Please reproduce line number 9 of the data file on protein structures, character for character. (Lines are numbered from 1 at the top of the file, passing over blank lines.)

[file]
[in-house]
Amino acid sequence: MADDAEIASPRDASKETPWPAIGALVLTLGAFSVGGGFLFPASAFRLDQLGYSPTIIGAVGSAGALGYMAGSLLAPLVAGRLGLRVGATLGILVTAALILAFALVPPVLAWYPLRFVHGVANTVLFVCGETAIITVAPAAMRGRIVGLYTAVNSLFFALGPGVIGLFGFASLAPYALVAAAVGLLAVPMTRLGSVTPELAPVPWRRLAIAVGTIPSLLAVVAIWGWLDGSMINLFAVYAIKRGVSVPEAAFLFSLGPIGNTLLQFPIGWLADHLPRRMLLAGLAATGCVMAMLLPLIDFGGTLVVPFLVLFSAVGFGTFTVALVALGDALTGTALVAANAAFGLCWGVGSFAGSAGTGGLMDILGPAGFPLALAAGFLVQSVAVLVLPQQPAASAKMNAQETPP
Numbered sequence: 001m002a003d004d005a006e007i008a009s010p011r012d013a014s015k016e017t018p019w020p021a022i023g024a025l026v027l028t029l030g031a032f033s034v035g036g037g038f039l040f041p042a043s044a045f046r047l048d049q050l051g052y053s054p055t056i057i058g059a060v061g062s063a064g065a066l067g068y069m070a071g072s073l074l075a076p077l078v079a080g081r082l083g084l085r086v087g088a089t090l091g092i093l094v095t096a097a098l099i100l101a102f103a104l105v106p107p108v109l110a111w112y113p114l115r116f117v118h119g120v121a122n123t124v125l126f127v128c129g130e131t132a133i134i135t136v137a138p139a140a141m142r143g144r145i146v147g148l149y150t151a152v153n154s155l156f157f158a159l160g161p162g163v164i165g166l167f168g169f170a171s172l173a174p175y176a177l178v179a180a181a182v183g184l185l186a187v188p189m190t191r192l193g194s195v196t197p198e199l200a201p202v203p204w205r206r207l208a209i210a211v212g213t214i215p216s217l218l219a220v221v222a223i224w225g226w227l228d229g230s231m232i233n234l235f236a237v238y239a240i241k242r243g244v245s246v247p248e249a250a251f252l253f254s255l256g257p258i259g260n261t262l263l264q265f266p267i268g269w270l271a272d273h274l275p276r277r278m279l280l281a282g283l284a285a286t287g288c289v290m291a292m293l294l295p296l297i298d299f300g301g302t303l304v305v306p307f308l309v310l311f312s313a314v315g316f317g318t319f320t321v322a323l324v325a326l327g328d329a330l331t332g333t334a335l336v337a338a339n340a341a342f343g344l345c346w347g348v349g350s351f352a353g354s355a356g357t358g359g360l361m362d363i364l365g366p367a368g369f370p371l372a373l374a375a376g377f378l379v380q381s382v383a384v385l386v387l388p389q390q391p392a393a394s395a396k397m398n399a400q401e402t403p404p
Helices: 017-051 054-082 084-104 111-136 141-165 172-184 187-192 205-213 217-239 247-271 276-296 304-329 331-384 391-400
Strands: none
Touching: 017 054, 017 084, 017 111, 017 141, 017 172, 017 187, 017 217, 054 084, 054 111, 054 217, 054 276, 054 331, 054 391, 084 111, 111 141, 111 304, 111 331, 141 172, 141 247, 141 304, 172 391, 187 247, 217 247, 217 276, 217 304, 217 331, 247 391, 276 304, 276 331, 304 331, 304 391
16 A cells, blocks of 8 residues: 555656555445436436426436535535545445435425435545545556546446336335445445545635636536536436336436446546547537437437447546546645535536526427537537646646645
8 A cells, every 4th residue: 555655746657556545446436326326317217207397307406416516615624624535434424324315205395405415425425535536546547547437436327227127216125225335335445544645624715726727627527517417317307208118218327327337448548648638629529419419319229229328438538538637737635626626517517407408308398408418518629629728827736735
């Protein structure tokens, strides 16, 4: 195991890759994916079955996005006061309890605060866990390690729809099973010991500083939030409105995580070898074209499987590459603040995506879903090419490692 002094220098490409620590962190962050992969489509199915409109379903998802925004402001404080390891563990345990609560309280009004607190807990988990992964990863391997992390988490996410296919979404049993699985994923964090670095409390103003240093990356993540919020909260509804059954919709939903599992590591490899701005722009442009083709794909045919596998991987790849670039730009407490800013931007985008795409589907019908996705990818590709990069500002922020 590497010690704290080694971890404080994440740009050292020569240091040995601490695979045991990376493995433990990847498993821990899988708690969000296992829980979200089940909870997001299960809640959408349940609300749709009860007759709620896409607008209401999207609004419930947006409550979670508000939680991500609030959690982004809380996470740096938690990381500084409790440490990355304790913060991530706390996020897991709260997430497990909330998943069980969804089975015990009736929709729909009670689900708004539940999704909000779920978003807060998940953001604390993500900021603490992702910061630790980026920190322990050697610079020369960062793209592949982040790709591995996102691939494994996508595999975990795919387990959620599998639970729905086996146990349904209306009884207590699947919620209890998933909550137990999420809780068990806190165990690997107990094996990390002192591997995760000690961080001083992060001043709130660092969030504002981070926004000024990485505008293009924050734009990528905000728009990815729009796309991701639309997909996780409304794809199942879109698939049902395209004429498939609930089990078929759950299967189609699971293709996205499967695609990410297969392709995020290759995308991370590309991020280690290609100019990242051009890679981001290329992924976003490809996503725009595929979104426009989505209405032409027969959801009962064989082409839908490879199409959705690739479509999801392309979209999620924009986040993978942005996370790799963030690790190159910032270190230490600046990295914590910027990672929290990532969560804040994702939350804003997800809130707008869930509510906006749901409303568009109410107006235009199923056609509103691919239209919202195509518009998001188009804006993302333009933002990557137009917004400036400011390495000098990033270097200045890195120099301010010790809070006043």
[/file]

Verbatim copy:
């Protein structure tokens, strides 16, 4: 195991890759994916079955996005006061309890605060866990390690729809099973010991500083939030409105995580070898074209499987590459603040995506879903090419490692 002094220098490409620590962190962050992969489509199915409109379903998802925004402001404080390891563990345990609560309280009004607190807990988990992964990863391997992390988490996410296919979404049993699985994923964090670095409390103003240093990356993540919020909260509804059954919709939903599992590591490899701005722009442009083709794909045919596998991987790849670039730009407490800013931007985008795409589907019908996705990818590709990069500002922020 590497010690704290080694971890404080994440740009050292020569240091040995601490695979045991990376493995433990990847498993821990899988708690969000296992829980979200089940909870997001299960809640959408349940609300749709009860007759709620896409607008209401999207609004419930947006409550979670508000939680991500609030959690982004809380996470740096938690990381500084409790440490990355304790913060991530706390996020897991709260997430497990909330998943069980969804089975015990009736929709729909009670689900708004539940999704909000779920978003807060998940953001604390993500900021603490992702910061630790980026920190322990050697610079020369960062793209592949982040790709591995996102691939494994996508595999975990795919387990959620599998639970729905086996146990349904209306009884207590699947919620209890998933909550137990999420809780068990806190165990690997107990094996990390002192591997995760000690961080001083992060001043709130660092969030504002981070926004000024990485505008293009924050734009990528905000728009990815729009796309991701639309997909996780409304794809199942879109698939049902395209004429498939609930089990078929759950299967189609699971293709996205499967695609990410297969392709995020290759995308991370590309991020280690290609100019990242051009890679981001290329992924976003490809996503725009595929979104426009989505209405032409027969959801009962064989082409839908490879199409959705690739479509999801392309979209999620924009986040993978942005996370790799963030690790190159910032270190230490600046990295914590910027990672929290990532969560804040994702939350804003997800809130707008869930509510906006749901409303568009109410107006235009199923056609509103691919239209919202195509518009998001188009804006993302333009933002990557137009917004400036400011390495000098990033270097200045890195120099301010010790809070006043």